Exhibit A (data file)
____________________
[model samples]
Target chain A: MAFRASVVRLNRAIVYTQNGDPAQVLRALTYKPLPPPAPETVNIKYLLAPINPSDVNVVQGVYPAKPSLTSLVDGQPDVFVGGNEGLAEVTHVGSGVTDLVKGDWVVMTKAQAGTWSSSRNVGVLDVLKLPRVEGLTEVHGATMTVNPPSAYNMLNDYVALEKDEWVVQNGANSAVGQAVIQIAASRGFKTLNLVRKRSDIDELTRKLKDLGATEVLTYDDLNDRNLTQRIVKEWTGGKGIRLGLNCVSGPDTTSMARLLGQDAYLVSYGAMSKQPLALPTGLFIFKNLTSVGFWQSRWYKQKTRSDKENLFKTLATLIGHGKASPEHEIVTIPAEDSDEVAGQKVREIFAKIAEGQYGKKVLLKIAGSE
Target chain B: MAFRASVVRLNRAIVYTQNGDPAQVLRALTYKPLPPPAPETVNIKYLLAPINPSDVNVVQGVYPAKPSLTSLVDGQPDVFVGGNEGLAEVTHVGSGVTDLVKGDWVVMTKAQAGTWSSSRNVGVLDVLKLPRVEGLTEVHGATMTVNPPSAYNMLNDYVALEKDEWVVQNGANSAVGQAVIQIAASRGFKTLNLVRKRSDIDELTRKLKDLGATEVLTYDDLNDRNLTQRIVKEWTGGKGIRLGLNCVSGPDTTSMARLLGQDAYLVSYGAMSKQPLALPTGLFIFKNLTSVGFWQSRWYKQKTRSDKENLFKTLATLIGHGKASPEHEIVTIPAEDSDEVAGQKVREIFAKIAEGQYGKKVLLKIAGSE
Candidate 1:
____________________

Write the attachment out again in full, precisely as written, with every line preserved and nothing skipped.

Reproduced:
[model samples]
Target chain A: MAFRASVVRLNRAIVYTQNGDPAQVLRALTYKPLPPPAPETVNIKYLLAPINPSDVNVVQGVYPAKPSLTSLVDGQPDVFVGGNEGLAEVTHVGSGVTDLVKGDWVVMTKAQAGTWSSSRNVGVLDVLKLPRVEGLTEVHGATMTVNPPSAYNMLNDYVALEKDEWVVQNGANSAVGQAVIQIAASRGFKTLNLVRKRSDIDELTRKLKDLGATEVLTYDDLNDRNLTQRIVKEWTGGKGIRLGLNCVSGPDTTSMARLLGQDAYLVSYGAMSKQPLALPTGLFIFKNLTSVGFWQSRWYKQKTRSDKENLFKTLATLIGHGKASPEHEIVTIPAEDSDEVAGQKVREIFAKIAEGQYGKKVLLKIAGSE
Target chain B: MAFRASVVRLNRAIVYTQNGDPAQVLRALTYKPLPPPAPETVNIKYLLAPINPSDVNVVQGVYPAKPSLTSLVDGQPDVFVGGNEGLAEVTHVGSGVTDLVKGDWVVMTKAQAGTWSSSRNVGVLDVLKLPRVEGLTEVHGATMTVNPPSAYNMLNDYVALEKDEWVVQNGANSAVGQAVIQIAASRGFKTLNLVRKRSDIDELTRKLKDLGATEVLTYDDLNDRNLTQRIVKEWTGGKGIRLGLNCVSGPDTTSMARLLGQDAYLVSYGAMSKQPLALPTGLFIFKNLTSVGFWQSRWYKQKTRSDKENLFKTLATLIGHGKASPEHEIVTIPAEDSDEVAGQKVREIFAKIAEGQYGKKVLLKIAGSE
Candidate 1: